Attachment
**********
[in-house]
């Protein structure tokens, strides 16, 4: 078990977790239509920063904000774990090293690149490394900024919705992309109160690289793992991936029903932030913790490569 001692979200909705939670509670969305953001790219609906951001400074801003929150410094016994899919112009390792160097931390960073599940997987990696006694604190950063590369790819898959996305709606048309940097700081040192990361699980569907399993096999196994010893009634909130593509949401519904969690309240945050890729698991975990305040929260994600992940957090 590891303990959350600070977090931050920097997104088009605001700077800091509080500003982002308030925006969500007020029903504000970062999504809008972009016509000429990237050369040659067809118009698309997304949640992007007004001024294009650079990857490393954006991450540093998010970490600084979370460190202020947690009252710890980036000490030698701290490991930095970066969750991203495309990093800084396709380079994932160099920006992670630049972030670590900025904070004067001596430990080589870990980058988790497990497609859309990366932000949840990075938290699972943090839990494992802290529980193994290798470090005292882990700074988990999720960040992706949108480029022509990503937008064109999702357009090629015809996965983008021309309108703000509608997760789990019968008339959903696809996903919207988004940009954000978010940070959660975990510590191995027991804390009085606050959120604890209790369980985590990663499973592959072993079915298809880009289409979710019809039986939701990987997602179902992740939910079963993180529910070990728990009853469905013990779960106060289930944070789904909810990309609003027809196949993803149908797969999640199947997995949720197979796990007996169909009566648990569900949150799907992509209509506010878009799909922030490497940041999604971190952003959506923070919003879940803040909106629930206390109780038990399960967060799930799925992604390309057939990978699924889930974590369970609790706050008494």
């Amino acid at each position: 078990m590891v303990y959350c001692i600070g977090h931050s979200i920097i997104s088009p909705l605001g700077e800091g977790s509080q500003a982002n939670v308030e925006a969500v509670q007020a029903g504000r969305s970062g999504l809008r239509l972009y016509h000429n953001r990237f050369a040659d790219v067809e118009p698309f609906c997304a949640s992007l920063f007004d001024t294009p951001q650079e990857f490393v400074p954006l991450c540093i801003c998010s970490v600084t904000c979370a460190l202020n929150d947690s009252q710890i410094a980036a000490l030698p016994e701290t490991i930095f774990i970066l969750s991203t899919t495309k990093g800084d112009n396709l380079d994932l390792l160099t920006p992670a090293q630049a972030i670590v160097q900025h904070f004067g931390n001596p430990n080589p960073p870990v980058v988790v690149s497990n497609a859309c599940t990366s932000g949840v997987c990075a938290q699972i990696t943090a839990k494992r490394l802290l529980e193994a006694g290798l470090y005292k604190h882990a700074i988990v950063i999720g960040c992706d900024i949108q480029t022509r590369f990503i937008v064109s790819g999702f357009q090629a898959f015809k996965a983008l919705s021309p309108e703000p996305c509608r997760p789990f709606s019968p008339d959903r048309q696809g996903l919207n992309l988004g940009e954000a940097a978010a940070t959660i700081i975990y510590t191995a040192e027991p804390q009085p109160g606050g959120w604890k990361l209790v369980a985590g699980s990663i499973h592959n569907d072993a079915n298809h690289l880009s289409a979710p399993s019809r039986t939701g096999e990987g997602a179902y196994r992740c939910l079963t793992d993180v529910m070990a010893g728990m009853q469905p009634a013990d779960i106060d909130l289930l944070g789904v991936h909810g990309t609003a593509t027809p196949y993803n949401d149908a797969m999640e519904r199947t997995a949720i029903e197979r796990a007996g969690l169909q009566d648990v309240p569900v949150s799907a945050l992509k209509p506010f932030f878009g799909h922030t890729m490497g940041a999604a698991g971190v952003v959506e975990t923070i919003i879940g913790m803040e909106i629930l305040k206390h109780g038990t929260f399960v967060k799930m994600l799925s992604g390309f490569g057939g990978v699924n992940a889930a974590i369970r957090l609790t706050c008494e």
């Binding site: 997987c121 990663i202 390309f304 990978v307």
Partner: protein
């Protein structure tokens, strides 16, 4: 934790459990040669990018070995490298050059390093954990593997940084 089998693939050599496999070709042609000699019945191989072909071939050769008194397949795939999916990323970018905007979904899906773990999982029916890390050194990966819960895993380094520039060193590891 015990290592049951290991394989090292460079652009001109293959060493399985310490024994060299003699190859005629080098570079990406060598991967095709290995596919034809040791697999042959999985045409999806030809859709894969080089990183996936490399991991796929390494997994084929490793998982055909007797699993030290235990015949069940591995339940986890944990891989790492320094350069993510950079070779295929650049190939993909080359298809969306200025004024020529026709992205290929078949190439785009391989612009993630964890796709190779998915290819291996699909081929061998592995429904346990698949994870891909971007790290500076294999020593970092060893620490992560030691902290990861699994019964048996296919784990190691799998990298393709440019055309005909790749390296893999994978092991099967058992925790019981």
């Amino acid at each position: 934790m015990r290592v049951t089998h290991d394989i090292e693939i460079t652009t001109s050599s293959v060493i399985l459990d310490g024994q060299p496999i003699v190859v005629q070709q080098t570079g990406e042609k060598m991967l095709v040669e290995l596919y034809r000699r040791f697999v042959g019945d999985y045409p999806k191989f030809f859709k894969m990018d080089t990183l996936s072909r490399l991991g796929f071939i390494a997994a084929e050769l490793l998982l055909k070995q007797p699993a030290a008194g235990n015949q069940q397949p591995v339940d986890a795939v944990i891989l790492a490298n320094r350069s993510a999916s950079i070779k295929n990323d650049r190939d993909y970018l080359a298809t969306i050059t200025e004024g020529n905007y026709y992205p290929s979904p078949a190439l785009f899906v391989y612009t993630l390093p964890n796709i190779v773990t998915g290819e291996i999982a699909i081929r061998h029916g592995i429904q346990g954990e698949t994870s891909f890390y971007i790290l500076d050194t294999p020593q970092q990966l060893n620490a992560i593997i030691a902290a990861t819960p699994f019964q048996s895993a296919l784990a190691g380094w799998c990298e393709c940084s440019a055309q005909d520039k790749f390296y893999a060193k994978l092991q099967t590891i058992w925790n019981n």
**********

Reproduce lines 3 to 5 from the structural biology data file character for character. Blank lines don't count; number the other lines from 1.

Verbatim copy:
């Amino acid at each position: 078990m590891v303990y959350c001692i600070g977090h931050s979200i920097i997104s088009p909705l605001g700077e800091g977790s509080q500003a982002n939670v308030e925006a969500v509670q007020a029903g504000r969305s970062g999504l809008r239509l972009y016509h000429n953001r990237f050369a040659d790219v067809e118009p698309f609906c997304a949640s992007l920063f007004d001024t294009p951001q650079e990857f490393v400074p954006l991450c540093i801003c998010s970490v600084t904000c979370a460190l202020n929150d947690s009252q710890i410094a980036a000490l030698p016994e701290t490991i930095f774990i970066l969750s991203t899919t495309k990093g800084d112009n396709l380079d994932l390792l160099t920006p992670a090293q630049a972030i670590v160097q900025h904070f004067g931390n001596p430990n080589p960073p870990v980058v988790v690149s497990n497609a859309c599940t990366s932000g949840v997987c990075a938290q699972i990696t943090a839990k494992r490394l802290l529980e193994a006694g290798l470090y005292k604190h882990a700074i988990v950063i999720g960040c992706d900024i949108q480029t022509r590369f990503i937008v064109s790819g999702f357009q090629a898959f015809k996965a983008l919705s021309p309108e703000p996305c509608r997760p789990f709606s019968p008339d959903r048309q696809g996903l919207n992309l988004g940009e954000a940097a978010a940070t959660i700081i975990y510590t191995a040192e027991p804390q009085p109160g606050g959120w604890k990361l209790v369980a985590g699980s990663i499973h592959n569907d072993a079915n298809h690289l880009s289409a979710p399993s019809r039986t939701g096999e990987g997602a179902y196994r992740c939910l079963t793992d993180v529910m070990a010893g728990m009853q469905p009634a013990d779960i106060d909130l289930l944070g789904v991936h909810g990309t609003a593509t027809p196949y993803n949401d149908a797969m999640e519904r199947t997995a949720i029903e197979r796990a007996g969690l169909q009566d648990v309240p569900v949150s799907a945050l992509k209509p506010f932030f878009g799909h922030t890729m490497g940041a999604a698991g971190v952003v959506e975990t923070i919003i879940g913790m803040e909106i629930l305040k206390h109780g038990t929260f399960v967060k799930m994600l799925s992604g390309f490569g057939g990978v699924n992940a889930a974590i369970r957090l609790t706050c008494e």
């Binding site: 997987c121 990663i202 390309f304 990978v307």
Partner: protein